Using Google Scholar to track the scholarly output of research groups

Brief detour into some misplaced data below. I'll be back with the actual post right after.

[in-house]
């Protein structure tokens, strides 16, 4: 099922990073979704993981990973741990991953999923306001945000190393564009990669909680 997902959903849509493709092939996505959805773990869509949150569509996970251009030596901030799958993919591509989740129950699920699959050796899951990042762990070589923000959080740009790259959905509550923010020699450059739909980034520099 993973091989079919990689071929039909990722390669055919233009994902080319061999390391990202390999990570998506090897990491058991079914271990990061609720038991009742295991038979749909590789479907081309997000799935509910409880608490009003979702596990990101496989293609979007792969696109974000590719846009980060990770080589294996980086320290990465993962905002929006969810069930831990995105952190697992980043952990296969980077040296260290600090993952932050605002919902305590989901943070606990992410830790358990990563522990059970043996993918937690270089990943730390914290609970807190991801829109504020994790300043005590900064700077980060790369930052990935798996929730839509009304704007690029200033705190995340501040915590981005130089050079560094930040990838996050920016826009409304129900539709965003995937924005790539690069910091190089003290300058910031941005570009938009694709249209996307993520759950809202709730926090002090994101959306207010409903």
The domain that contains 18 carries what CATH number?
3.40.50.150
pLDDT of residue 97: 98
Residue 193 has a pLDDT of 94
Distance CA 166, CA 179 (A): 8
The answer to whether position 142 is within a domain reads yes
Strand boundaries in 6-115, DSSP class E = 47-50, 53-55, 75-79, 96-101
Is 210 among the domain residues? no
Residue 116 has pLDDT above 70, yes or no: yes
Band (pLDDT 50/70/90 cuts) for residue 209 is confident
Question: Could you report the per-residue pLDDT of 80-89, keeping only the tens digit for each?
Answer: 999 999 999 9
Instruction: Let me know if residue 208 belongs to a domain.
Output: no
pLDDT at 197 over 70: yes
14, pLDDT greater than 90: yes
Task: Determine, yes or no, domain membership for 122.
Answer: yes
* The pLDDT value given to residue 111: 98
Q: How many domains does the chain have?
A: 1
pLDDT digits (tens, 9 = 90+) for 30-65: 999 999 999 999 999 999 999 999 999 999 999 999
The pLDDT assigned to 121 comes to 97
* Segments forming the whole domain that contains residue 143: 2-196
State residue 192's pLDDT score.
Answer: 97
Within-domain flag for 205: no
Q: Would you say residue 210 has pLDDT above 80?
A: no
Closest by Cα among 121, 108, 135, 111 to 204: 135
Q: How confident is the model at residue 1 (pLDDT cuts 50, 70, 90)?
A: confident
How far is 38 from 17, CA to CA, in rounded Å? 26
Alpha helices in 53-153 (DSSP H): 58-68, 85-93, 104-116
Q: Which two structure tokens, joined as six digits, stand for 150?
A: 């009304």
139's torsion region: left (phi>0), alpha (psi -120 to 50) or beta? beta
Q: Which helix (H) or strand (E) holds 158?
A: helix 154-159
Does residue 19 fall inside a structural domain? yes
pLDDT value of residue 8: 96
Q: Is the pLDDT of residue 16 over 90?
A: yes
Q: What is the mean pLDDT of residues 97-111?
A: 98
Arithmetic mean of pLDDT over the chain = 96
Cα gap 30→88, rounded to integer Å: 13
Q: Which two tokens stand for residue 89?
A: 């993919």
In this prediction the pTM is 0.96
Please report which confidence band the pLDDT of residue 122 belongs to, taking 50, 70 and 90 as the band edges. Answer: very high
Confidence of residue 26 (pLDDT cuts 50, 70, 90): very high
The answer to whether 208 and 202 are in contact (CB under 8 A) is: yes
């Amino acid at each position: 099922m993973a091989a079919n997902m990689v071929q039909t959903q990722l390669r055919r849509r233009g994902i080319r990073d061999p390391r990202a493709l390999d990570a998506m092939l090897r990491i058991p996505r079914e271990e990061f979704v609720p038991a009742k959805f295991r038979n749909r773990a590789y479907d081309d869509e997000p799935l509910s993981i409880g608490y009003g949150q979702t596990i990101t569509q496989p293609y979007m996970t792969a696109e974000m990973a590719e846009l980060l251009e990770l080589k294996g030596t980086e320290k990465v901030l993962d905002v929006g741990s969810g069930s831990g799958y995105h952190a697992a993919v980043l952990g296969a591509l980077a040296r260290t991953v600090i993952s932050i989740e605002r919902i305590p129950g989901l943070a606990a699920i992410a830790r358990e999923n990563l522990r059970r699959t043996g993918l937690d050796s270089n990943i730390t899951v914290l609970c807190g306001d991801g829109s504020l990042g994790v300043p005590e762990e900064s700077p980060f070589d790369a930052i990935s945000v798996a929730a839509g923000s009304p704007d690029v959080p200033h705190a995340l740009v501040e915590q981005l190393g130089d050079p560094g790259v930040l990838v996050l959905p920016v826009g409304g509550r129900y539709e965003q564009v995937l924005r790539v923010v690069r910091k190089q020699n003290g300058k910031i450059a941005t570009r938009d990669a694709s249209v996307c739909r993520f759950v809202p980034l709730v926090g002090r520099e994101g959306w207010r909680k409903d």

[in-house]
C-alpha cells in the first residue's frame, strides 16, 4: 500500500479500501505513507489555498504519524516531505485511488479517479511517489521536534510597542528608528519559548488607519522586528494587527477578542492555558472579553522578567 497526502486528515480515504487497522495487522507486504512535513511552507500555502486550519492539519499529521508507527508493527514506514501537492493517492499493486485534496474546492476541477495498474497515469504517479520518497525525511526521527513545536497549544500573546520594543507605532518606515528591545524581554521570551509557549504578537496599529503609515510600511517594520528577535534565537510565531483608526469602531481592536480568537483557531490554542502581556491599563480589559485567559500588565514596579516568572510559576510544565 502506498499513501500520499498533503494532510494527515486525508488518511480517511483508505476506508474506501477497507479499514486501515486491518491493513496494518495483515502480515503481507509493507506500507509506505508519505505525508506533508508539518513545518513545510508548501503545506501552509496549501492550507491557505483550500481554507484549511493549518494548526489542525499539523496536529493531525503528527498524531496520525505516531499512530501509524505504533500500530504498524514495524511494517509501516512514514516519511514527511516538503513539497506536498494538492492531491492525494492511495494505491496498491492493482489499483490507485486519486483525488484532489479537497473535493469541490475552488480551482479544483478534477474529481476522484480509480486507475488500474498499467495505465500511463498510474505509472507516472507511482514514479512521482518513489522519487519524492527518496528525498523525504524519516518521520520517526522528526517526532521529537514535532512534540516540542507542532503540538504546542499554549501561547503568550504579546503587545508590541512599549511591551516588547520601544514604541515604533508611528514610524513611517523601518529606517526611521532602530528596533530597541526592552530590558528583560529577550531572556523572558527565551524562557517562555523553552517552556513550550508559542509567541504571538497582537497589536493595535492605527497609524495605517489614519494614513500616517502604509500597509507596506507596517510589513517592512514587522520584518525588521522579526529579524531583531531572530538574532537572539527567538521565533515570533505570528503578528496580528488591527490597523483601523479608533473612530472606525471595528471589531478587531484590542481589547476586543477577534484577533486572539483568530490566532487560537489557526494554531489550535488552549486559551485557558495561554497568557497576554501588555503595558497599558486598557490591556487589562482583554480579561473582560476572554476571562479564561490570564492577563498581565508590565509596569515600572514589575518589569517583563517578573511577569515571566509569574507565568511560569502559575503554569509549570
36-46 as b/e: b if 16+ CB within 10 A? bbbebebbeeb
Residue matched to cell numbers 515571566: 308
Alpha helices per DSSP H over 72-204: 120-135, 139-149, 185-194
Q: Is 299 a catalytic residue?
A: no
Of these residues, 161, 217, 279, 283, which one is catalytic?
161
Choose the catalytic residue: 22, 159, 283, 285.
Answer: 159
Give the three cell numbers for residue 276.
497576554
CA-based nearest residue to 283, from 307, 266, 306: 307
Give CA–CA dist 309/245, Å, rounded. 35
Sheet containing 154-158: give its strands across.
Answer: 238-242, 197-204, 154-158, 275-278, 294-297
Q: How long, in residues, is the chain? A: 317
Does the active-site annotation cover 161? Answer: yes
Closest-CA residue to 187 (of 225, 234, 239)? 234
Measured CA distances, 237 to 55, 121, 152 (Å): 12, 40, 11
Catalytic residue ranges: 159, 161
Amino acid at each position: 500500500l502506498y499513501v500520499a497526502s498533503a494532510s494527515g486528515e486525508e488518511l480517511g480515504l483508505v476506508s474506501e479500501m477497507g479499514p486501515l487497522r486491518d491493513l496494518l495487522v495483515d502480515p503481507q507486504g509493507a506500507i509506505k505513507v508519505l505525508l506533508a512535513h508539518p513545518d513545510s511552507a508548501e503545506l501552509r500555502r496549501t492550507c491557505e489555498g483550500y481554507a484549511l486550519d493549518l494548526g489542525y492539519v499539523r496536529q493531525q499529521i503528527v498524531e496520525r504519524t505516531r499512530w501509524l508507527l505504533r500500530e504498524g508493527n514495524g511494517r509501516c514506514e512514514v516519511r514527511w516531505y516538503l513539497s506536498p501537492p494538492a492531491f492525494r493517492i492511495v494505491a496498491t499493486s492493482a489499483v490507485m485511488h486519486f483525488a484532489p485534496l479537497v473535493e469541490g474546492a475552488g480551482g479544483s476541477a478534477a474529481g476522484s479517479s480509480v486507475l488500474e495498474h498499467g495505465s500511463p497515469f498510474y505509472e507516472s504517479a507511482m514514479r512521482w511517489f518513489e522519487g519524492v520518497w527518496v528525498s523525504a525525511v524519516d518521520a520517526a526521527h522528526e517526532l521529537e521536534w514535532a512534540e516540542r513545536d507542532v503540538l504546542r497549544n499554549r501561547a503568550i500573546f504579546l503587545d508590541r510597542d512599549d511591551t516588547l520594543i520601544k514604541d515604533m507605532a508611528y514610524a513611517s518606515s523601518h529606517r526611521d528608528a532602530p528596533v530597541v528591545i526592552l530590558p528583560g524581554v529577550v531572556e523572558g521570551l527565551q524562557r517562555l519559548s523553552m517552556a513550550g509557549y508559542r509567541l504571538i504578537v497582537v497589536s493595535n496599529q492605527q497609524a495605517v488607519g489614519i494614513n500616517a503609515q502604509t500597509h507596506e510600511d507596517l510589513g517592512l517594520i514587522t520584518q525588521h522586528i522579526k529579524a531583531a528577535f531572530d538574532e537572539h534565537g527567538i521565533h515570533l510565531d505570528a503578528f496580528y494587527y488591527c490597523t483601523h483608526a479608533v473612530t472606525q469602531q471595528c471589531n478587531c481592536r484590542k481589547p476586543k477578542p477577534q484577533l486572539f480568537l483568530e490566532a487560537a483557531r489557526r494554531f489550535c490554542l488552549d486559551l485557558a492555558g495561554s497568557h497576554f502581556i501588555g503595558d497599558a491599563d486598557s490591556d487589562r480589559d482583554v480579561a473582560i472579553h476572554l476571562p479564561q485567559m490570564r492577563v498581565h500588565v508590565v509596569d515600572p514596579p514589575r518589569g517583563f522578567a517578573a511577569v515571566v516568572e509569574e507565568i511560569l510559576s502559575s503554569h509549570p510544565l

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INTRODUCTION: It is often necessary to demonstrate the impact of a research program over time both within and beyond institutions. However, it is difficult to accurately track the publications of research groups over time without significant effort. A simple, scalable, and economical way to track publications from research groups and their metrics would address this challenge. METHODS: Google Scholar automatically tracks the scholarly output and citation counts of individual researchers. We created Google Scholar profiles to track the scholarly productivity of five research groups: an institutional educational research program, a division of emergency medicine, a department of emergency medicine, a national educational scholarship working group, and an international organization dedicated to online education. We added the publications of each group member to their respective group Google Scholar profile and a junior faculty member monitored the citations that were suggested. RESULTS: Google Scholar tracked a diverse collection of five research groups over 6-36 months. In addition to having different organizational structures and purposes, the groups varied in size, consisting of 8-60 researchers, and prolificacy, with group citation counts between 1006-58,380 and group h‑indexes ranging from 19-101. DISCUSSION: We anticipate that as this innovation becomes better known it will increasingly be adopted by traditional and non-traditional research groups to easily track their productivity and impact. Additional initiatives will be needed to standardize reporting guidelines within and between institutions.
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